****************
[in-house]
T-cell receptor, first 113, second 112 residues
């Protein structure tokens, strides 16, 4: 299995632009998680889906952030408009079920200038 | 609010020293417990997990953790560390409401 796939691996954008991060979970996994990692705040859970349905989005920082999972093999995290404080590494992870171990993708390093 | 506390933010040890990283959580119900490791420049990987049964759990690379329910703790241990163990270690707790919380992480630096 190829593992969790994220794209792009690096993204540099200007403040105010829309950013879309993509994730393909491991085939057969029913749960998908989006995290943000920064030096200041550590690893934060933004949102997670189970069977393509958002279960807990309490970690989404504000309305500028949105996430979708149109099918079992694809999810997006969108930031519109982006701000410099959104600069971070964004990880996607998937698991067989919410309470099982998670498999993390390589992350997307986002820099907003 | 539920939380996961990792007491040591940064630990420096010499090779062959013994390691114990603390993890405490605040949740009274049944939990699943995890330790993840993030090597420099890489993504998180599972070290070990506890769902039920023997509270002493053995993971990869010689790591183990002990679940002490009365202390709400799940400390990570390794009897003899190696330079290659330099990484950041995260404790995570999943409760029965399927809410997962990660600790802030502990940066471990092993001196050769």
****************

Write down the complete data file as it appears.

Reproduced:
[in-house]
T-cell receptor, first 113, second 112 residues
């Protein structure tokens, strides 16, 4: 299995632009998680889906952030408009079920200038 | 609010020293417990997990953790560390409401 796939691996954008991060979970996994990692705040859970349905989005920082999972093999995290404080590494992870171990993708390093 | 506390933010040890990283959580119900490791420049990987049964759990690379329910703790241990163990270690707790919380992480630096 190829593992969790994220794209792009690096993204540099200007403040105010829309950013879309993509994730393909491991085939057969029913749960998908989006995290943000920064030096200041550590690893934060933004949102997670189970069977393509958002279960807990309490970690989404504000309305500028949105996430979708149109099918079992694809999810997006969108930031519109982006701000410099959104600069971070964004990880996607998937698991067989919410309470099982998670498999993390390589992350997307986002820099907003 | 539920939380996961990792007491040591940064630990420096010499090779062959013994390691114990603390993890405490605040949740009274049944939990699943995890330790993840993030090597420099890489993504998180599972070290070990506890769902039920023997509270002493053995993971990869010689790591183990002990679940002490009365202390709400799940400390990570390794009897003899190696330079290659330099990484950041995260404790995570999943409760029965399927809410997962990660600790802030502990940066471990092993001196050769």